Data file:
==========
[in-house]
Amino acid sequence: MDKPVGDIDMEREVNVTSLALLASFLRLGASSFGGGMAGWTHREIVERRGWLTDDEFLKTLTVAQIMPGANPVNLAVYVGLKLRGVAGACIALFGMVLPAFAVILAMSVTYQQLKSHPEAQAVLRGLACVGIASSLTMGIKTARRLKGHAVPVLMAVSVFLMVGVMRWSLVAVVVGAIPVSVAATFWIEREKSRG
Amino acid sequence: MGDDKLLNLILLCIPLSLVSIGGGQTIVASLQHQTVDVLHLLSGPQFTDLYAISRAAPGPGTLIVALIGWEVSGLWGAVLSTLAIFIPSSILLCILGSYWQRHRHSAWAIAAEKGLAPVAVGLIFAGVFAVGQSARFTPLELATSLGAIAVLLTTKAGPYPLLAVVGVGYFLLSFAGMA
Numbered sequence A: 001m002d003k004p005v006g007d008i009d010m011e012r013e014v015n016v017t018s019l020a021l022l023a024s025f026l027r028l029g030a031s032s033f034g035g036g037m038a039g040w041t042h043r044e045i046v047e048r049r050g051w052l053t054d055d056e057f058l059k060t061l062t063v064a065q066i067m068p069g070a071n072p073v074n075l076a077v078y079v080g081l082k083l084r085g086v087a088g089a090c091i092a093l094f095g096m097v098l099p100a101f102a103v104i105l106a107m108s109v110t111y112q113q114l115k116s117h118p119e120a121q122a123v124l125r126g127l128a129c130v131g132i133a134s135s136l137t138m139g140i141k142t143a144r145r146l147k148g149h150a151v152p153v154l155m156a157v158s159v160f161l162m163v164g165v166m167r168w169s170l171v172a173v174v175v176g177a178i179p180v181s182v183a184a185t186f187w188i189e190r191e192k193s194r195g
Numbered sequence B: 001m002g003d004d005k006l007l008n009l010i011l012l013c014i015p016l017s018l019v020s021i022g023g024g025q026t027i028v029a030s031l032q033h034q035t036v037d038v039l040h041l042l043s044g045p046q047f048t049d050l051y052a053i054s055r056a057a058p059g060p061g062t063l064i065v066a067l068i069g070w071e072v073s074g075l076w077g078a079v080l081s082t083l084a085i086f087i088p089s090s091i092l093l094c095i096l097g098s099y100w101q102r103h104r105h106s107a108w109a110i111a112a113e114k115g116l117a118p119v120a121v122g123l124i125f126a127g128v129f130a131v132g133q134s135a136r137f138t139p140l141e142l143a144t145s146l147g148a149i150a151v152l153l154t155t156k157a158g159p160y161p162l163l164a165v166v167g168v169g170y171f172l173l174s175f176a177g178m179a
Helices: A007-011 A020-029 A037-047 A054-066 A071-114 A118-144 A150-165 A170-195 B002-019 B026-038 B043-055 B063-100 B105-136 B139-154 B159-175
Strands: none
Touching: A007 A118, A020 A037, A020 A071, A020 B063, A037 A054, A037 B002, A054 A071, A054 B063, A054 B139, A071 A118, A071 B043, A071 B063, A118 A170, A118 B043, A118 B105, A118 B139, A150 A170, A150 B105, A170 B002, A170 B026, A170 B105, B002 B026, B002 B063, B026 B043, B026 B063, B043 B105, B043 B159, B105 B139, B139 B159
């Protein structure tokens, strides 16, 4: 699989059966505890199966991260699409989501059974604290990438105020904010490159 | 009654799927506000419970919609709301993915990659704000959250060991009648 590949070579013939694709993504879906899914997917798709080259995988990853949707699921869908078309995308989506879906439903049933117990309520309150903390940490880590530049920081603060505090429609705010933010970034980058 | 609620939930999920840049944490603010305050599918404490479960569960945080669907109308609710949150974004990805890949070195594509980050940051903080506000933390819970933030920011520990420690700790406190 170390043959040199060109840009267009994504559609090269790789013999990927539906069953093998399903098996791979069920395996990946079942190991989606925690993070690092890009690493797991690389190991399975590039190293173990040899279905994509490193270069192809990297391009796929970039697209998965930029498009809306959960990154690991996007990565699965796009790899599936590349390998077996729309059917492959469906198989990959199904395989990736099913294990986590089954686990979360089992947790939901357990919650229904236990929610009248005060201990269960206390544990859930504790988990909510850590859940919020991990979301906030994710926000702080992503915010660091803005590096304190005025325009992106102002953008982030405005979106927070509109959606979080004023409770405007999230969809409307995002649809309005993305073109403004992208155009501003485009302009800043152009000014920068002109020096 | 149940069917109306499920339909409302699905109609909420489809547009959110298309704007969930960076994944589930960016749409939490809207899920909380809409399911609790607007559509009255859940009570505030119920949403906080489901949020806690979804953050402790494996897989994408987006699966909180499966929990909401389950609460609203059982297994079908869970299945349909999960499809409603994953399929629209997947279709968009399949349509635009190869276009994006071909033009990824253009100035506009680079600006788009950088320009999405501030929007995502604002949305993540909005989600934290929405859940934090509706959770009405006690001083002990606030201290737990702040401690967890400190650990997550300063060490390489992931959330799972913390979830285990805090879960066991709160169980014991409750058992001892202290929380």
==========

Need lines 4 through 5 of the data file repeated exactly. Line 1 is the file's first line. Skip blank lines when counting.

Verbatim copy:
Numbered sequence A: 001m002d003k004p005v006g007d008i009d010m011e012r013e014v015n016v017t018s019l020a021l022l023a024s025f026l027r028l029g030a031s032s033f034g035g036g037m038a039g040w041t042h043r044e045i046v047e048r049r050g051w052l053t054d055d056e057f058l059k060t061l062t063v064a065q066i067m068p069g070a071n072p073v074n075l076a077v078y079v080g081l082k083l084r085g086v087a088g089a090c091i092a093l094f095g096m097v098l099p100a101f102a103v104i105l106a107m108s109v110t111y112q113q114l115k116s117h118p119e120a121q122a123v124l125r126g127l128a129c130v131g132i133a134s135s136l137t138m139g140i141k142t143a144r145r146l147k148g149h150a151v152p153v154l155m156a157v158s159v160f161l162m163v164g165v166m167r168w169s170l171v172a173v174v175v176g177a178i179p180v181s182v183a184a185t186f187w188i189e190r191e192k193s194r195g
Numbered sequence B: 001m002g003d004d005k006l007l008n009l010i011l012l013c014i015p016l017s018l019v020s021i022g023g024g025q026t027i028v029a030s031l032q033h034q035t036v037d038v039l040h041l042l043s044g045p046q047f048t049d050l051y052a053i054s055r056a057a058p059g060p061g062t063l064i065v066a067l068i069g070w071e072v073s074g075l076w077g078a079v080l081s082t083l084a085i086f087i088p089s090s091i092l093l094c095i096l097g098s099y100w101q102r103h104r105h106s107a108w109a110i111a112a113e114k115g116l117a118p119v120a121v122g123l124i125f126a127g128v129f130a131v132g133q134s135a136r137f138t139p140l141e142l143a144t145s146l147g148a149i150a151v152l153l154t155t156k157a158g159p160y161p162l163l164a165v166v167g168v169g170y171f172l173l174s175f176a177g178m179a